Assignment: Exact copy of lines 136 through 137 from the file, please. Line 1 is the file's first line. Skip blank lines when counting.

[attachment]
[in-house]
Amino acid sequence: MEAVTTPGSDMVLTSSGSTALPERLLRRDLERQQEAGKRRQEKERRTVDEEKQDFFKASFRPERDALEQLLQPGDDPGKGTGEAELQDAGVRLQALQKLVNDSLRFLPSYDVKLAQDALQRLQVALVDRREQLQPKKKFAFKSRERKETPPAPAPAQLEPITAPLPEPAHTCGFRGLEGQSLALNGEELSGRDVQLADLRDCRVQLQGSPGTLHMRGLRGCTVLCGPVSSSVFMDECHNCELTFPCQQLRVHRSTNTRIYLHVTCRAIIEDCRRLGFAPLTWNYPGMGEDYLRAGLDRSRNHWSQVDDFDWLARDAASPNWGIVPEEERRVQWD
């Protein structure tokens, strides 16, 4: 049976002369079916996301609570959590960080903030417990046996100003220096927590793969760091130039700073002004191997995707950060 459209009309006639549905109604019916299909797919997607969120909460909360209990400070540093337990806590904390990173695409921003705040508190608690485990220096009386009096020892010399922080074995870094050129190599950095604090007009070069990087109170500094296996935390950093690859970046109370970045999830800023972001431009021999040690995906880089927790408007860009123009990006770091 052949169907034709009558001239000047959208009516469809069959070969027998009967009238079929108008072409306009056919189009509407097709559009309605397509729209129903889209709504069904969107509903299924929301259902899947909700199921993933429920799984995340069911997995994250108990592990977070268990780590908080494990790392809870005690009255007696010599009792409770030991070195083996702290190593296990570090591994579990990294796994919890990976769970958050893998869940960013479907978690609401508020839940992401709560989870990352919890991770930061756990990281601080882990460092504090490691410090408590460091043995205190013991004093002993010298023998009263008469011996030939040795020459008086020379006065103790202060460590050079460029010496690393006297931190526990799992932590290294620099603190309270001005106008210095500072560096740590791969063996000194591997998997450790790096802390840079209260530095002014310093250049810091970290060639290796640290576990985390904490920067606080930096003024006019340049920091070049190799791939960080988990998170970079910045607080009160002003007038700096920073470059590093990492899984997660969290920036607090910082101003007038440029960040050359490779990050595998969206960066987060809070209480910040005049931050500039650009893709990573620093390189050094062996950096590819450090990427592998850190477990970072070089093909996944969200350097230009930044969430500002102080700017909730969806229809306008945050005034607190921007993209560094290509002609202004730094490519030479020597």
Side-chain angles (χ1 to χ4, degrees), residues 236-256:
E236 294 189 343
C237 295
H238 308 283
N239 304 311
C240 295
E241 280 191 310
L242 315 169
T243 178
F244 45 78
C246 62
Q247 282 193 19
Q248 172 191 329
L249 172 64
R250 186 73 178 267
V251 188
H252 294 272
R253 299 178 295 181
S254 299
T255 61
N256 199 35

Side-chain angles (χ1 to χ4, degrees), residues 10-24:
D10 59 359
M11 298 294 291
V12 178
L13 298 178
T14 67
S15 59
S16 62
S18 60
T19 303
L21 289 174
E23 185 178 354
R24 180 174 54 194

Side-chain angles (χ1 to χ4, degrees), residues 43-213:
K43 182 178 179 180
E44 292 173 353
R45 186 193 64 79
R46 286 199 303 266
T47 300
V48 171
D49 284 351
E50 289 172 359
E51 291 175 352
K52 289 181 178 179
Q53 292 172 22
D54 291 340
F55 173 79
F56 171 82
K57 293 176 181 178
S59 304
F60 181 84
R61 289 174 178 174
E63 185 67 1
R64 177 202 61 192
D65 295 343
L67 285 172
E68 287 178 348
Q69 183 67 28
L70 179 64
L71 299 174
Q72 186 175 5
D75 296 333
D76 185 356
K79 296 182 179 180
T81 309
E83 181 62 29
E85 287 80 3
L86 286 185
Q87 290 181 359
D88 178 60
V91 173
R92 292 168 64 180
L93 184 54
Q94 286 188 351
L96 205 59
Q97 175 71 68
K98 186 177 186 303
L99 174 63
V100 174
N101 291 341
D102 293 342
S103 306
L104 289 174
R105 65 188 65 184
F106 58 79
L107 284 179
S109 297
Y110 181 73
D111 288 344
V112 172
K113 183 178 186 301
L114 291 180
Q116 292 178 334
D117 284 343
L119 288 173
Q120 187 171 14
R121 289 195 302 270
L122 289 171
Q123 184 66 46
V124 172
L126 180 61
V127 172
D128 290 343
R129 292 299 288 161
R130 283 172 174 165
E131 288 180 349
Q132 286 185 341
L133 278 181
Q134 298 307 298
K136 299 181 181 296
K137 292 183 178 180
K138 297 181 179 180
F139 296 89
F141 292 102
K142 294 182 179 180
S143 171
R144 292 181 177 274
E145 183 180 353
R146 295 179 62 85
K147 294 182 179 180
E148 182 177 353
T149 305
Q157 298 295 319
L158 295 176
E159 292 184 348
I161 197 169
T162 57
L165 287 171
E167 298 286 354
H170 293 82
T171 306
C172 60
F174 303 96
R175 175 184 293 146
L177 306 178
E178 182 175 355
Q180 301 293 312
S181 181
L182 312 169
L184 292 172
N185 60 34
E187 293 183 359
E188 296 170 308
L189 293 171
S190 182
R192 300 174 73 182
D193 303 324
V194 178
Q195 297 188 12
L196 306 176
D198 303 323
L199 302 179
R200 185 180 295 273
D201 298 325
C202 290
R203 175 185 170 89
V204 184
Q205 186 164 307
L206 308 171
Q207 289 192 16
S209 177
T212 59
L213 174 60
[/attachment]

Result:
C172 60
F174 303 96